Speaking to reporters last week after inauguration of NHC’s new Board of Directors, NHC Director General Nehemiah Mchechu said the implementation of the second phase of the project is expected to kick off this August and expected to be ready by August Next year.
“Construction of these 1,000 house will be done after completion of the implementation of the first phase of the project, named Iyumbu Satellite Centre,” Mr. Mchechu said.
Mr. Mchechu explained that the projects are expected to cost over Sh160 billion that would be obtained from loans from financial institutions and engagement of local and foreign investors.
The construction industry currently contributes 24 per cent to the Gross Domestic Product (GDP), but Mr. Mchechu was optimistic that the development of the designated capital will boost the industry's contribution to 30 per cent.
Mchechu explained that the Corporation’s decision to construct the houses tries to respond to the rising demand of settlements for civil servants after the government made a bold decision to shift its headquarters from Dar es Salaam to the designated capital.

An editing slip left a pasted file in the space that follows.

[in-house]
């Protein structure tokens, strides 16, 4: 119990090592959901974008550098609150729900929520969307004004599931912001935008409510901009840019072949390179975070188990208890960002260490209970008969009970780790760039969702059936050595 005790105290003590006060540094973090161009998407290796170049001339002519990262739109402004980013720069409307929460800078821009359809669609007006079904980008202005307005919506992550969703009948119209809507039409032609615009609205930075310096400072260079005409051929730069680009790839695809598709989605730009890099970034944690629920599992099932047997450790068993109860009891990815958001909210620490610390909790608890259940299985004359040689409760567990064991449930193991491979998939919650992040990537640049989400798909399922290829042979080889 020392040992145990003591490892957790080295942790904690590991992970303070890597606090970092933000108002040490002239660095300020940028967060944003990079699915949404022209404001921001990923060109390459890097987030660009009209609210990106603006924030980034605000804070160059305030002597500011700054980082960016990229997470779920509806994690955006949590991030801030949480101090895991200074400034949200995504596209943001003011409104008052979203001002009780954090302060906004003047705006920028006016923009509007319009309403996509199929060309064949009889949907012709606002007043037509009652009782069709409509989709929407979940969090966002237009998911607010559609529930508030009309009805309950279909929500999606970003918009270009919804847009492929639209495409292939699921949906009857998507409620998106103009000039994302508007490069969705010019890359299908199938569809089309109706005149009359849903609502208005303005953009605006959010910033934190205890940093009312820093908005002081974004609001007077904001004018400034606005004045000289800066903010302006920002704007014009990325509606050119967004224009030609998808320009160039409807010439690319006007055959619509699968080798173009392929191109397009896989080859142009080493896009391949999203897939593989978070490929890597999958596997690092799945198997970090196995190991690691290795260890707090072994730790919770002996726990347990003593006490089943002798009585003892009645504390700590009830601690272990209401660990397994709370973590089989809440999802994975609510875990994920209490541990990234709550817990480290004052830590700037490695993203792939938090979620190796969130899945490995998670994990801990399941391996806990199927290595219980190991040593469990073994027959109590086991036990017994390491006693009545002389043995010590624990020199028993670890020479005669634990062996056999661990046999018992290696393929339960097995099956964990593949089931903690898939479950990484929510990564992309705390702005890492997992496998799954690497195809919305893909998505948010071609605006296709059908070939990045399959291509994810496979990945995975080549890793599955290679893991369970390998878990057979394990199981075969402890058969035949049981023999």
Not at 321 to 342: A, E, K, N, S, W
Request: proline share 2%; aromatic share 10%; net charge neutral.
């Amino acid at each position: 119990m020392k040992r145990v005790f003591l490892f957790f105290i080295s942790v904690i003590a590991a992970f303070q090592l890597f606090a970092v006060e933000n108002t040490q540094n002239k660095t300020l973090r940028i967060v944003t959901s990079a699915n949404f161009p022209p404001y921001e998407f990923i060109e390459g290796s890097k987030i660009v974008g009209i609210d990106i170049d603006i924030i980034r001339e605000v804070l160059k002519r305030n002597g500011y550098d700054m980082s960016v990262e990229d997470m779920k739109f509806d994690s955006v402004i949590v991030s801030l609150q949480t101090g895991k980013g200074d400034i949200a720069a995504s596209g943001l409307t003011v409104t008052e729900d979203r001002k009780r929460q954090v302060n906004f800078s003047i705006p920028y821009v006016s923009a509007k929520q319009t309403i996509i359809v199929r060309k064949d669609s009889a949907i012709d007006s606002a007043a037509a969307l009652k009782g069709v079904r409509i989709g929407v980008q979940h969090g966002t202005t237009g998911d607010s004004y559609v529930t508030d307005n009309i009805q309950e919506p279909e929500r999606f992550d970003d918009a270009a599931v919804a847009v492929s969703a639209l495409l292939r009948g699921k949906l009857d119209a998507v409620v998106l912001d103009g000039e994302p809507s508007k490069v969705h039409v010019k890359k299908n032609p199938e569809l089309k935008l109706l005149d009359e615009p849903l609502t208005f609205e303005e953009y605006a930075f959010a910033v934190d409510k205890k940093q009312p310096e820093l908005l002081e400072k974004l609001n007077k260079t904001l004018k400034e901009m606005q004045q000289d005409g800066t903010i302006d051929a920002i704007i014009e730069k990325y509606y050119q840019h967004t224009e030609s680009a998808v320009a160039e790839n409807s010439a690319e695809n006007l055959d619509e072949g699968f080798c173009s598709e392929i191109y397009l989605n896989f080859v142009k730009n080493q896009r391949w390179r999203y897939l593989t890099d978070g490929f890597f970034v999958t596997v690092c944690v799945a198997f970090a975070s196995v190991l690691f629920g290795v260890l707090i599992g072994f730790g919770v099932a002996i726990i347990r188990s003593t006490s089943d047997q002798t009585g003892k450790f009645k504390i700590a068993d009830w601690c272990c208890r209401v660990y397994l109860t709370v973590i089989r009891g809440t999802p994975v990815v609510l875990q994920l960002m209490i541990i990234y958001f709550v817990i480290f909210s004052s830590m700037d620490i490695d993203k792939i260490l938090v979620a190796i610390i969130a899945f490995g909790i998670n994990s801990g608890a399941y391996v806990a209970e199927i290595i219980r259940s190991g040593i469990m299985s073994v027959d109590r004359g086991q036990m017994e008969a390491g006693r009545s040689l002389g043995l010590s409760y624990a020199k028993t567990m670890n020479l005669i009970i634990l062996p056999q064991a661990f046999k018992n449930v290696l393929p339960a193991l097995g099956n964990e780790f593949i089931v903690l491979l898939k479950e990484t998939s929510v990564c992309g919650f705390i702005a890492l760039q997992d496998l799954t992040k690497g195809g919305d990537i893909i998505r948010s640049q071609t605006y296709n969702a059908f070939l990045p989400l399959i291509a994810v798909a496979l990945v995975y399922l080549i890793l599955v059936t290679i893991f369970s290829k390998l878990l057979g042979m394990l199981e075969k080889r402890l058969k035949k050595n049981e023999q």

According to Mchechu, 234 hectares of land have been surveyed for the project with urban planning rules and regulations adhered to under Capital Development Authority (CDA).
The Satellite Centre, located 10 kms from Dodoma City, is adjacent to the University of Dodoma and constitutes three-roomed stand-alone housing units laid in 79 square kilometers, 85 and 115 square kilometers.
The houses are connected with well-set water system and electricity, nursery school, dispensary, a shopping mall, among other social amenities. Other amenities include play grounds and ample car packing for residents and tenants within the settlement. Mchechu said that the housing units can be acquired through mortgage finance or progressive payment plan.
"More still, as the country faces a shortage of 3.5 million housing units, with the demand increasing at an average of 200,000 units per annum, we hope the housing projects in Dodoma will help to ease the shortage," Mr. Mchechu noted.